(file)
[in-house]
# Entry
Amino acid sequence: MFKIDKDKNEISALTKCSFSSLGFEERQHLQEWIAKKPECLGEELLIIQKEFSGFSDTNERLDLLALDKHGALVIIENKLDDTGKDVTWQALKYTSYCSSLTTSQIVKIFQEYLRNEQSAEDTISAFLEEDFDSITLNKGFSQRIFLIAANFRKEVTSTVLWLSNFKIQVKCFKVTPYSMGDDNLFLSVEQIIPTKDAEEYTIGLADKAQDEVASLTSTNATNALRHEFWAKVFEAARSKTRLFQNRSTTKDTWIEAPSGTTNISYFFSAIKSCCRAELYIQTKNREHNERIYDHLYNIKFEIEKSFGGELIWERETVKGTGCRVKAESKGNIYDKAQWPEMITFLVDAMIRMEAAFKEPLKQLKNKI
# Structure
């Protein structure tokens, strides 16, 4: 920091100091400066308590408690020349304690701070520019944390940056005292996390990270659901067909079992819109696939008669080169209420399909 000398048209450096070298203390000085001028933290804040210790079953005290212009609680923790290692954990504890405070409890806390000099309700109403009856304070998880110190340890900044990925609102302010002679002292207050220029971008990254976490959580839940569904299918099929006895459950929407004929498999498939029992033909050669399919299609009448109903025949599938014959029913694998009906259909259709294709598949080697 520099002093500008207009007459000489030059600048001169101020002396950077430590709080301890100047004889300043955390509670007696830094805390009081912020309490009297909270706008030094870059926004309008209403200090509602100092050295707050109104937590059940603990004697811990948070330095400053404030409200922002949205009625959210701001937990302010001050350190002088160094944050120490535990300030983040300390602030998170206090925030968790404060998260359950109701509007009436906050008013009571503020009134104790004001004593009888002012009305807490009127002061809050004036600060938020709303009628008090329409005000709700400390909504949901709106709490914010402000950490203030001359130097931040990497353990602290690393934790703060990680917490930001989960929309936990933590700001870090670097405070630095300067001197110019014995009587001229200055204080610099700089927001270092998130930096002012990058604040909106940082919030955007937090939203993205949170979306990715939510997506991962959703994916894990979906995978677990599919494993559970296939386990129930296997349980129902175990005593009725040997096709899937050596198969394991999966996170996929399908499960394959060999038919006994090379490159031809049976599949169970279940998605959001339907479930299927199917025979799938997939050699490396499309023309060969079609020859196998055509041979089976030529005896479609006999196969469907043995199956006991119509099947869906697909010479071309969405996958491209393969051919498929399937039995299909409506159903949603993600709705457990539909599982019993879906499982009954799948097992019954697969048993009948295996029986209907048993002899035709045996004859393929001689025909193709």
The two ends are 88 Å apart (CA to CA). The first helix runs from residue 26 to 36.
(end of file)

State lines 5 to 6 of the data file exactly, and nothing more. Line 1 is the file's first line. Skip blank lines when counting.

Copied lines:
């Protein structure tokens, strides 16, 4: 920091100091400066308590408690020349304690701070520019944390940056005292996390990270659901067909079992819109696939008669080169209420399909 000398048209450096070298203390000085001028933290804040210790079953005290212009609680923790290692954990504890405070409890806390000099309700109403009856304070998880110190340890900044990925609102302010002679002292207050220029971008990254976490959580839940569904299918099929006895459950929407004929498999498939029992033909050669399919299609009448109903025949599938014959029913694998009906259909259709294709598949080697 520099002093500008207009007459000489030059600048001169101020002396950077430590709080301890100047004889300043955390509670007696830094805390009081912020309490009297909270706008030094870059926004309008209403200090509602100092050295707050109104937590059940603990004697811990948070330095400053404030409200922002949205009625959210701001937990302010001050350190002088160094944050120490535990300030983040300390602030998170206090925030968790404060998260359950109701509007009436906050008013009571503020009134104790004001004593009888002012009305807490009127002061809050004036600060938020709303009628008090329409005000709700400390909504949901709106709490914010402000950490203030001359130097931040990497353990602290690393934790703060990680917490930001989960929309936990933590700001870090670097405070630095300067001197110019014995009587001229200055204080610099700089927001270092998130930096002012990058604040909106940082919030955007937090939203993205949170979306990715939510997506991962959703994916894990979906995978677990599919494993559970296939386990129930296997349980129902175990005593009725040997096709899937050596198969394991999966996170996929399908499960394959060999038919006994090379490159031809049976599949169970279940998605959001339907479930299927199917025979799938997939050699490396499309023309060969079609020859196998055509041979089976030529005896479609006999196969469907043995199956006991119509099947869906697909010479071309969405996958491209393969051919498929399937039995299909409506159903949603993600709705457990539909599982019993879906499982009954799948097992019954697969048993009948295996029986209907048993002899035709045996004859393929001689025909193709």
The two ends are 88 Å apart (CA to CA). The first helix runs from residue 26 to 36.